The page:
It’s no longer about your product; it’s all about the problems experienced by key stakeholders. It takes a strong understanding of one's market to carefully position your organization to keenly understand not only what those problems are, but what key stakeholders are trying to achieve. For those just getting started identifying and creating buyer personas, it can be an intimidating and overwhelming process. Here are some actionable steps for getting started with confidence.
I like to focus on four key areas of information:
Problems/challenges: What are the key pain points that these stakeholders experience. Going deeper, why is this a problem? What exactly are these stakeholders trying to achieve and why is it important to them?
Roles/titles: Titles can say something about the experience level and organizational structure. Also, you can learn key things about a typical day for that role, what success metrics that role is being held accountable for, etc.
Information seekers: Where are these stakeholders going for information? You can learn a great deal about what types of information the stakeholder is looking for and consuming; what platforms, publications, internal resources and associations they trust for key information; and so much more that can give key insights for where you should be focusing your efforts on reaching them and what types of information are relevant to them.
Beyond work: Who is this person outside of work hours? What do they like to do, where do they like to go and who do they like to hang out with? There are some great ideas that you can come away with for fun content, event giveaways, etc.
A lot of places will give you information on what to ask and examples of the end result of a finalized buyer persona. But what about the steps in between? Provided below are two key areas of focus with specified steps on how to tackling them to get started on your persona creation journey. Ultimately, taking the time to have dedicated research efforts are the difference between only knowing a silhouette of your buyers and being able to bring them to life with names, faces and personalities — that can only be crafted through deep understanding.
Action One — Get Your Buyers In Buckets
Lets face it, in B2B, the buying cycle is often long and complex. For a single deal, you don’t just have to know one person, but an entire committee of folks with different objectives and departmental requirements to satisfy. Think carefully — who do you often run into that you feel have disparate roles and challenges that you’d have to uniquely position your brand’s messaging to resonate with? Try to see what commonalities exist regarding motives, behaviors, challenges, as well as how and where they are getting information.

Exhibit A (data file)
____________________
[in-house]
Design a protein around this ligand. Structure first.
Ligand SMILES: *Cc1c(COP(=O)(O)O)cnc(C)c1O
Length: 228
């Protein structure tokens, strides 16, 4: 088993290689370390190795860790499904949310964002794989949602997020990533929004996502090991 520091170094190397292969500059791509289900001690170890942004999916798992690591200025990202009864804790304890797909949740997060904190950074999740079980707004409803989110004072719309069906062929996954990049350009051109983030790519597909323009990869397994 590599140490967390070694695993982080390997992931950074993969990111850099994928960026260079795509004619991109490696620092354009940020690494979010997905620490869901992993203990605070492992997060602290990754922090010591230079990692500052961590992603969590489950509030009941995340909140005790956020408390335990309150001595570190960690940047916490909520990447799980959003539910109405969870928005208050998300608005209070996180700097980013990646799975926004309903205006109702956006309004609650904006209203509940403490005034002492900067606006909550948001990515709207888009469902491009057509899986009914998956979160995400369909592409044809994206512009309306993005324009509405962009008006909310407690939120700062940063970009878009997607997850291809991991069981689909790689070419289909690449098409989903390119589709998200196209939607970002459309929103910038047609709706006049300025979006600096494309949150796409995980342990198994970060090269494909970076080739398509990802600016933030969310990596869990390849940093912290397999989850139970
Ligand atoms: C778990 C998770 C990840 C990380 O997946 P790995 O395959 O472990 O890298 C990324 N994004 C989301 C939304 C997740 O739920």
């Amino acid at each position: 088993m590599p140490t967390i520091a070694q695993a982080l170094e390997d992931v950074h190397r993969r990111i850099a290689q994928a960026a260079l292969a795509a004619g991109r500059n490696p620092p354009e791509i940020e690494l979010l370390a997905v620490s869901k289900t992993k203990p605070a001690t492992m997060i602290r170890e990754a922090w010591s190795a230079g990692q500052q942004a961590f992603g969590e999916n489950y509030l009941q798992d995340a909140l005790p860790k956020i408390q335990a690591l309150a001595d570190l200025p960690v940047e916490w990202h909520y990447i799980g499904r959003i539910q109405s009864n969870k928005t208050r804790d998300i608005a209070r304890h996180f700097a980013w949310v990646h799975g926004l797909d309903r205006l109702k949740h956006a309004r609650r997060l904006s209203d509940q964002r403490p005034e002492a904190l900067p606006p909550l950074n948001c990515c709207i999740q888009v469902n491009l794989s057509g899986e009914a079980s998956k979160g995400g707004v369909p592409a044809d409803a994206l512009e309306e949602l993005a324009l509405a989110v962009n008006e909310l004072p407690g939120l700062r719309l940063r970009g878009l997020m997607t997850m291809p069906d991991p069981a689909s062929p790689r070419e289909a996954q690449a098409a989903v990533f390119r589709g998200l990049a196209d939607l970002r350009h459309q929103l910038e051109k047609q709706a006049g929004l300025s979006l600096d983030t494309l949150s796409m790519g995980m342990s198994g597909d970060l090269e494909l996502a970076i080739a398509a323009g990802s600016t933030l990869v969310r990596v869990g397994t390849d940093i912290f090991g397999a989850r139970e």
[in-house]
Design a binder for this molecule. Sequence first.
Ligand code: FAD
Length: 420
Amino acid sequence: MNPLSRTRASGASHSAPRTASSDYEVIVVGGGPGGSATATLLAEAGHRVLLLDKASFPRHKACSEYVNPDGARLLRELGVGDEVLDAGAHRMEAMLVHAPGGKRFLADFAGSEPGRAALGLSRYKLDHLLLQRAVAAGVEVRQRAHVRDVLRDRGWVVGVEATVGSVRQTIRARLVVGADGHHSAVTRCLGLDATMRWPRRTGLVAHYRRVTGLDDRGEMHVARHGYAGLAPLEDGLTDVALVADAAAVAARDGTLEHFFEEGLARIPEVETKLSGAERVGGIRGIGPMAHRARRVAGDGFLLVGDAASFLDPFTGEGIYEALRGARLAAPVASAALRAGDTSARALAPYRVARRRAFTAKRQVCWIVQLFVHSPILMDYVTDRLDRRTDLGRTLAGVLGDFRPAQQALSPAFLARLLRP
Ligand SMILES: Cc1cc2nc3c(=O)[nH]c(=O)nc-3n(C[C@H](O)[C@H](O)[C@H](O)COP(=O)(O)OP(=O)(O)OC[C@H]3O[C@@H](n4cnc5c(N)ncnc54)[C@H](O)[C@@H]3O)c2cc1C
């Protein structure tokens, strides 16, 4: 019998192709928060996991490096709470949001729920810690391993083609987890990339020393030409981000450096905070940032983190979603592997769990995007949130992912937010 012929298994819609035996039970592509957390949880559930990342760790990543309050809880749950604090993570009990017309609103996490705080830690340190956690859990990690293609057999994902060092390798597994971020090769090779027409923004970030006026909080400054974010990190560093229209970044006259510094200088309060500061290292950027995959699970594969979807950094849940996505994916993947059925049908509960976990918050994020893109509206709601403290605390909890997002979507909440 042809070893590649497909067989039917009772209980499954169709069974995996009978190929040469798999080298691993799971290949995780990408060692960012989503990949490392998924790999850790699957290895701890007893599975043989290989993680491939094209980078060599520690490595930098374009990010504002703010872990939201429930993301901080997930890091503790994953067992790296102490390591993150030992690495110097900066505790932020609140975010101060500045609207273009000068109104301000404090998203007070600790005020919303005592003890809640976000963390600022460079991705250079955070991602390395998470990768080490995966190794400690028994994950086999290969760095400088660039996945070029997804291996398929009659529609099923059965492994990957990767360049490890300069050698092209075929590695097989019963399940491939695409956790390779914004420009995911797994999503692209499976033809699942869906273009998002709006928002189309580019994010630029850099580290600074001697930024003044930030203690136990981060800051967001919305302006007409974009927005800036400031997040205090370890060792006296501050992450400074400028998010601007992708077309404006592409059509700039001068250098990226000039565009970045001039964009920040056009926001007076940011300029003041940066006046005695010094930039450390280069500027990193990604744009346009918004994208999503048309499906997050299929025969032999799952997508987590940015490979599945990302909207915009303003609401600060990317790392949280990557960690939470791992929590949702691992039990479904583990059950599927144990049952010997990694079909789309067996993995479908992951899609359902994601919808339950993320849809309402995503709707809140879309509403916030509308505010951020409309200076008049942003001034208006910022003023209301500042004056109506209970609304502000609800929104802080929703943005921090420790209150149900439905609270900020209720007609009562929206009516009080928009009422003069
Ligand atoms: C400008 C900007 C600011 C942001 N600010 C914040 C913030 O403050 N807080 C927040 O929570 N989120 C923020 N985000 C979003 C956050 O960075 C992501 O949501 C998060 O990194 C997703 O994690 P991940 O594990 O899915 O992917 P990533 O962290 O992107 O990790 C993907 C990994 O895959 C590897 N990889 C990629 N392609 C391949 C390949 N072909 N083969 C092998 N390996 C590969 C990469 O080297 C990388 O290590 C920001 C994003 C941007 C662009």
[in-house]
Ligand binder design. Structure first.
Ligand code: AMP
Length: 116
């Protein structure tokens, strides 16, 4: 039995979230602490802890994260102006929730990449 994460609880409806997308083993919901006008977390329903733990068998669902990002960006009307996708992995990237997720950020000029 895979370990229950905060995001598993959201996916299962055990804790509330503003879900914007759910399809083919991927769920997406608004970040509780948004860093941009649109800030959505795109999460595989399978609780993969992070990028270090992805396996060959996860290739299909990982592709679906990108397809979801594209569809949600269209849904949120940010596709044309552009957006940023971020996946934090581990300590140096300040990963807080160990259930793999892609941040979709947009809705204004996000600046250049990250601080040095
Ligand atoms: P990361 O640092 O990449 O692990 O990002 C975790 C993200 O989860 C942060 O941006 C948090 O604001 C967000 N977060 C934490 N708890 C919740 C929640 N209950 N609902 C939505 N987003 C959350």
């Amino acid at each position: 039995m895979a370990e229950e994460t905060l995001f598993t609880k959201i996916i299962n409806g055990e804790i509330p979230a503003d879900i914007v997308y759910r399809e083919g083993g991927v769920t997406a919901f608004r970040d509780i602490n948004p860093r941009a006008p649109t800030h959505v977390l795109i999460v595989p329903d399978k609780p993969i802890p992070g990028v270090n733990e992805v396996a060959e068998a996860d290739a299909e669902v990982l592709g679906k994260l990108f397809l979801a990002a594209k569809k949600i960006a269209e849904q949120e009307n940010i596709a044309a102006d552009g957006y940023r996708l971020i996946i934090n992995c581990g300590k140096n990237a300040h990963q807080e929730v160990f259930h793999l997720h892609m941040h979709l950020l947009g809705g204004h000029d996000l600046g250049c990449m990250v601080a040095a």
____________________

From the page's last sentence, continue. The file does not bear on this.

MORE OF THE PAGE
Here are some places to start:
- Business cards from recent tradeshows and conferences: Whom are you already running into at events where it’s common for businesses to be looking for solutions you offer.
- Your internal teams fighting it out in the trenches: Regardless of whether you have or haven’t done this type of market research before, you’ve had someone in your company interacting with these important stakeholders. Talk to your internal team members.
- Database of current customers and prospects: It’s not uncommon for organizations to maintain extensive records of key contacts for every account, as well as any persons that are currently being engaged.
Here’s what you should try to do after completing this round of steps: Try to come up with three to five buckets. This isn’t to say there aren’t more, but I’d suggest you don’t do too much segmenting at this point. I’ll give you more reasons at to why later. Remember, it’s better to have one well-conceived buyer persona than four poorly done ones. Some examples: technical decision-maker who is focused on the nuts and bolts of implementations, resources needed to execute a technical project, etc.; compliance decision-maker who is focused on ensuring a solution meets industry standards — and federal and state regulations.
Action 2 — Start Asking Questions For Each Bucket You’ve Created
Up until this point, you’ve just been getting some simple categorizations together. It’s a critical first step, because it allows you to now dig deeper within each bucket. Fasten your seatbelts, because this is where it gets interesting! I liken persona research to looking for job candidates, you’ve identified what you’re looking for, now you’re actually sitting down to see if anyone fits the bill.
I’m not going to focus this post on what questions you should ask, but if you are still looking for some ideas, both Pragmatic Marketing and HubSpot have some nice lists that will give you places to start.
Be strategic about the order in which you perform interviews:
- Interview an internal team member who has high interactions with the identified persona: This is a person who is in the weeds and can really speak in-detail about what they’ve seen and experienced. The first thing you should say is that you are looking for their perceptions on the majority of buyers who fit one of the specific buckets you’ve identified. Proceed to interview them, asking the same questions you’ll eventually ask actual buyers. One of the best things you can do here is ask for common titles and role descriptions for whom your internal team members think are representative of this bucket.